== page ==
So let’s concede that some virtue signalling is fake; but does that mean it is bad? Here it is useful to take a step back from our default mode of thinking. Evolution designed our brain to make us good at small-scale interaction, but we not very good (or especially conce...

Life is rife with coordination problems. Consider passing someone on the street going the other way. You both have a shared incentive to coordinate about which side of the street to walk on, so that you don’t bump into each other. Even though the other person is a complete strang...

Coordination is crucial in the moral domain too. Imagine you live in a society that practises slavery, and you think you are the only one morally revulsed by it. Should you speak out about your concerns? If you think that everyone else is indifferent, you might be afraid ...

The paradox is that, even if many people are in this situation – everyone is concerned but convinced that no one else is – they might fail to act, despite having the majority opinion.

But speaking up can start a chain reaction. The more individuals raise their voic...

Loud and public signals are especially effective as establishing common knowledge of a moral norm ­making sure that everyone knows about the moral norm, that everyone else knows that everyone knows about the moral norm, that everyone knows that everyone knows that everyone knows ...

In addition to fostering coordination, common knowledge prevents people from hiding behind the veil of plausible deniability. To get away with selfish behaviour, we often pretend to ignore its consequences. If you can plausibly say that you didn’t know about the poor wor...

Viewing morality as a coordination game suggests that public opinion can undergo rapid shifts, as society coordinates on new moral norms. And this is indeed what we observe: public opinion on a variety of subjects – such as racism and gay rights – has shifted dramatically in a progressive...

In sum, virtue signalling can be a powerful force for social change, by creating common knowledge around a moral issue that people would otherwise ignore (out of complacency or selfishness).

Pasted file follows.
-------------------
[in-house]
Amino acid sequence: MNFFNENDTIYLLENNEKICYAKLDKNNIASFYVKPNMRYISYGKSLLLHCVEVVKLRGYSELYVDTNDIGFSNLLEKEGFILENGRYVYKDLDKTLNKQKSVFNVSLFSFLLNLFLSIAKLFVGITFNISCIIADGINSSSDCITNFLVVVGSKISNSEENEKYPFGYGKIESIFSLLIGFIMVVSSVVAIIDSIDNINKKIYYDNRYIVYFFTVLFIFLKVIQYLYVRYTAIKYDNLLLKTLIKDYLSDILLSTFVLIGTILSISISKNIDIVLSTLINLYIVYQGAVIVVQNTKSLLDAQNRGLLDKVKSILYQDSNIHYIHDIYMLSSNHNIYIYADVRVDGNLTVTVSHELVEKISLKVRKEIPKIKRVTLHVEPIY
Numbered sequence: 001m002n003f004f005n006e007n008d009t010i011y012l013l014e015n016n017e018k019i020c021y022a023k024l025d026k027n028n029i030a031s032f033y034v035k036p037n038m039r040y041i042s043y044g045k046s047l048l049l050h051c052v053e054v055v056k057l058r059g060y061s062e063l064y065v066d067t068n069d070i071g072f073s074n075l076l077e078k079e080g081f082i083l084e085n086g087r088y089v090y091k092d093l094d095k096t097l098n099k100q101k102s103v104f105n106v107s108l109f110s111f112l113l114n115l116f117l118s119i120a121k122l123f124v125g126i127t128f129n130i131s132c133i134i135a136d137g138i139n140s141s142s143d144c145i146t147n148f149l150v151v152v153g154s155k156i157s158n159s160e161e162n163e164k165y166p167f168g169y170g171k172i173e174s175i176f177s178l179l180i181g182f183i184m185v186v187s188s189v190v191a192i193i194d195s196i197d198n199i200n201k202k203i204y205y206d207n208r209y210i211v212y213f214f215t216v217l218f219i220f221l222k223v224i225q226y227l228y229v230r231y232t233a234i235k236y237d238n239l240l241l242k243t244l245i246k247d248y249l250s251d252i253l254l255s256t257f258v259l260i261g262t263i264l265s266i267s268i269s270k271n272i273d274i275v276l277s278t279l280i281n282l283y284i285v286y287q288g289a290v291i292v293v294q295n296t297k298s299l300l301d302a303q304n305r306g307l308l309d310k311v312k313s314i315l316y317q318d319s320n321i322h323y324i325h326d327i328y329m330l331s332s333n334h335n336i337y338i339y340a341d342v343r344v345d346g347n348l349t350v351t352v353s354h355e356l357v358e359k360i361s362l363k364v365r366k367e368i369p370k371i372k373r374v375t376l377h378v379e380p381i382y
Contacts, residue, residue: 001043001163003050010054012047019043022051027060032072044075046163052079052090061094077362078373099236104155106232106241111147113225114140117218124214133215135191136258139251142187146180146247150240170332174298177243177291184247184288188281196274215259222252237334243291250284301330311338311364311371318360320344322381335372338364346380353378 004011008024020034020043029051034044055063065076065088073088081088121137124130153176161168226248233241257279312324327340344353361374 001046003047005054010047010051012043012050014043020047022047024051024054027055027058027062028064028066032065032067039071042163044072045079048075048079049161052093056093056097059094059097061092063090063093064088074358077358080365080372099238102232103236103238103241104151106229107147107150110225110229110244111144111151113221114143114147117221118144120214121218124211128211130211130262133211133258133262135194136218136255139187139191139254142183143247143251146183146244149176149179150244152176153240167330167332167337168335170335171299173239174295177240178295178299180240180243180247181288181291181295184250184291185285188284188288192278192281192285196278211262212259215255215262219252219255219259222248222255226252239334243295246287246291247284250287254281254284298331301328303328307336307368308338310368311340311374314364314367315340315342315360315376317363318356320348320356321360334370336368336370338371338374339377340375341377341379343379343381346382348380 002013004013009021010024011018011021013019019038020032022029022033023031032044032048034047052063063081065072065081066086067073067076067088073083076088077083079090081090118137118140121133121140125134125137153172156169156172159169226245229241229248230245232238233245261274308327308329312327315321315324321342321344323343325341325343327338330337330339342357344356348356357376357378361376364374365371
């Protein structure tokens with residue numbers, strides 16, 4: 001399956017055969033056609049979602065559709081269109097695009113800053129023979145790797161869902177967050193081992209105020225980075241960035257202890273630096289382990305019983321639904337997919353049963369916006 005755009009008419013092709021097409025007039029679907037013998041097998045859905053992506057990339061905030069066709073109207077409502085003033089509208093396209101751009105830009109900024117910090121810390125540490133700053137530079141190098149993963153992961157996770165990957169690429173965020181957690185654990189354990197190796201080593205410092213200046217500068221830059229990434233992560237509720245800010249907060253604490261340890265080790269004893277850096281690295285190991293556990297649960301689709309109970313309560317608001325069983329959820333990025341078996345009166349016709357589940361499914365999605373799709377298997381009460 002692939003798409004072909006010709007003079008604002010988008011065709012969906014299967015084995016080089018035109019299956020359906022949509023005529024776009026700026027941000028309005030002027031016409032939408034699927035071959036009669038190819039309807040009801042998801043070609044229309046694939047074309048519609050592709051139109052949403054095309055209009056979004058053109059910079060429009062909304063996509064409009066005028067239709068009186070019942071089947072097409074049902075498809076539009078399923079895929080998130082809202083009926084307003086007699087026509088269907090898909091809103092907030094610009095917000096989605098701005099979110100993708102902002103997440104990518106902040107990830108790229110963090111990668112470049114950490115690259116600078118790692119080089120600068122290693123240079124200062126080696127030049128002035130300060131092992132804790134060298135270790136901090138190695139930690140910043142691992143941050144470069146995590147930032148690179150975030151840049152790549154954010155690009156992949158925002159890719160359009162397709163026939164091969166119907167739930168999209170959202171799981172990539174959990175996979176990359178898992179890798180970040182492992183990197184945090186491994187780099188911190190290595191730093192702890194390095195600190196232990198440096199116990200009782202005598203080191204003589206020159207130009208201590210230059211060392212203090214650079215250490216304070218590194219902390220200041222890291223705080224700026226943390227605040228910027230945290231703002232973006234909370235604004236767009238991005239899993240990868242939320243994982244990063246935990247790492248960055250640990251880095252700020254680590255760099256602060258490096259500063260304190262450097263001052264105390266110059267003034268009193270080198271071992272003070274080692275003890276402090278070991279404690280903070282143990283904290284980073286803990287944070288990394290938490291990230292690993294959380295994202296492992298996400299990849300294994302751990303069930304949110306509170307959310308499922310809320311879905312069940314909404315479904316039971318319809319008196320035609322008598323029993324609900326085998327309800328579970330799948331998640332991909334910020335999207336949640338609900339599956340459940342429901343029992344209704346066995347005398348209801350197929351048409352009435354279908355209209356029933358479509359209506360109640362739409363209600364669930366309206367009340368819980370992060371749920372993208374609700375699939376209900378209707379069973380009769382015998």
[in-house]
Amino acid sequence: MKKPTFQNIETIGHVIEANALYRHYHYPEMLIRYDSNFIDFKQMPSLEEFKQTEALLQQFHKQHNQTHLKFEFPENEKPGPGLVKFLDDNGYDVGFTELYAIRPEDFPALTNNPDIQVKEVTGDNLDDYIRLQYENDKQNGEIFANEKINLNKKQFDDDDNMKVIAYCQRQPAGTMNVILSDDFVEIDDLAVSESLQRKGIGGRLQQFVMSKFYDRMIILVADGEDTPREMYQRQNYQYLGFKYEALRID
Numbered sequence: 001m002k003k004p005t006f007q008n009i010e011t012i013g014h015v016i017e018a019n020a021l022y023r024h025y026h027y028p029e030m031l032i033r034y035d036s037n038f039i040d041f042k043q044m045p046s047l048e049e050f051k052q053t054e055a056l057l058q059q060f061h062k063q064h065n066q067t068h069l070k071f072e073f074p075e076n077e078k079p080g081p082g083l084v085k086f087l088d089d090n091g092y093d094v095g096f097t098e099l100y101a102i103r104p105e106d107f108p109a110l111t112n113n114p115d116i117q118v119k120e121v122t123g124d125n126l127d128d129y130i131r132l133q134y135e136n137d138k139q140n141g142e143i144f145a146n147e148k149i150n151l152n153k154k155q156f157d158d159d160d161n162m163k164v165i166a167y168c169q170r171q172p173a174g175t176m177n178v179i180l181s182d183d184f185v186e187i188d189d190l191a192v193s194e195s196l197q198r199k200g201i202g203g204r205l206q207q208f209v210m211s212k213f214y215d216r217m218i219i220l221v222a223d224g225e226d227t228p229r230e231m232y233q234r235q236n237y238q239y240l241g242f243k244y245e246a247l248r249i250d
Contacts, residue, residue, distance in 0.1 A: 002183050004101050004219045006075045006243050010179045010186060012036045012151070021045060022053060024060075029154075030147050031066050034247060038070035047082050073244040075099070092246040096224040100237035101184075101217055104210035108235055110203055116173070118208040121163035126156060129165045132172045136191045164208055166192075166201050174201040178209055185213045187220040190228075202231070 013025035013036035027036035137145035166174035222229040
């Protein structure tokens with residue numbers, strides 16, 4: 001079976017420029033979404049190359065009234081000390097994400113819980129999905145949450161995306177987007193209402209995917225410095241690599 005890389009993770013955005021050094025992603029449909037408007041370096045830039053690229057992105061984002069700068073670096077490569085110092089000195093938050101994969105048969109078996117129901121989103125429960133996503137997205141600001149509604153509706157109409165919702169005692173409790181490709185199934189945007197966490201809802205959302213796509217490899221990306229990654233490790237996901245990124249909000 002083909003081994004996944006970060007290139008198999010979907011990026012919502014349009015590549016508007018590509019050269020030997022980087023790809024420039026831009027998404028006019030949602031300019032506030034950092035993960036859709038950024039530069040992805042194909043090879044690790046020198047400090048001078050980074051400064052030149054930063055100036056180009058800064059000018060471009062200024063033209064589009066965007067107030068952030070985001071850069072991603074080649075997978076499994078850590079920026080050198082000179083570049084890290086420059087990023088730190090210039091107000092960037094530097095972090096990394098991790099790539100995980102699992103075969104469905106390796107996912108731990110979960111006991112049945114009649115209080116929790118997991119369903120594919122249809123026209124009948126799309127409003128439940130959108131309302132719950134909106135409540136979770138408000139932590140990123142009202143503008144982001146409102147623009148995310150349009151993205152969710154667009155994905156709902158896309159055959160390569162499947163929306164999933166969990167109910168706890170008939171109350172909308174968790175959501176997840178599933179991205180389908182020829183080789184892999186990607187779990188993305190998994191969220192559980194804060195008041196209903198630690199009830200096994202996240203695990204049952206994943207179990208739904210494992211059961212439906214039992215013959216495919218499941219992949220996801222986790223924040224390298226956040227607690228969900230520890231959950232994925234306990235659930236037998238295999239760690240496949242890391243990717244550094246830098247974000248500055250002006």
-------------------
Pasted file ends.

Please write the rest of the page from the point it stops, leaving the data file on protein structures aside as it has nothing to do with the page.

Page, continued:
Importantly, this works even when there is no guarantee the people who are ...

Mark and Bob both made a $1,000 donation to a charity. Before making his donation, Mark read extensively about different charities, seeking the one with the best ROI – the charity that runs programmes with the most impact on people’s lives per dollar invested. In the process of his search, Mark w...

Bob was watching TV one evening when he saw an ad for a charity that gives teddy bears to convalescent children in hospitals. Bob was overwhelmed by emotion at the plight of the children, and immediately made a transfer to the charity.

Mark’s donation will make a much greater impact on people’s lives. But he comes off as cold and calculating, and we can’t repress a nagging doubt about the kind of person he is. Would he still have donated if he had found that none of the organisations he read about was effective enough? Bob by c...

The tale of Mark and Bob illustrates one of the bleak insights of signalling theory: the concrete impact of an altruistic act (how much it actually helps other people) is often dissociated from the signal it sends about what kind of person we are. This means that, to convince people that ...

Why might people be motivated to send extreme signals of their commitment to a cause? The answer lies in the fact that, when we send virtue signals, many of the things we seek – such as friends and social status – are rival goods. The people you want to be friends with can have o...

When individuals send signals to try to convince others that they are better than average, the result is often what signalling theorists call a ‘runaway’: an arms race toward more and more extreme signals. If peahens want to mate with the peacocks whose tails are more extravagant...

In the moral domain, runaway signaling happens when people try to elevate their moral status by doing and believing things that not everyone else does. For example, everyone is opposed to killing humans: saying that you think people should not kill each other does not set you apa...

When we see someone virtue signalling, we often have strong reactions – sometimes admiration, sometimes annoyance or contempt. But these intuitions are the product of psychological mechanisms that are designed to help us evaluate if that person could be a good friend or a good ally, n...

5 Reactions

Comment

It's time to

READ

LIKE

A PRO!

Jump-start your

reading habits

, gather your

knowledge

,

remember what you read

and stay ahead of the crowd!

Takes just 5 minutes a day.


TRY THE DEEPSTASH APP

+2M Installs

4.7 App Score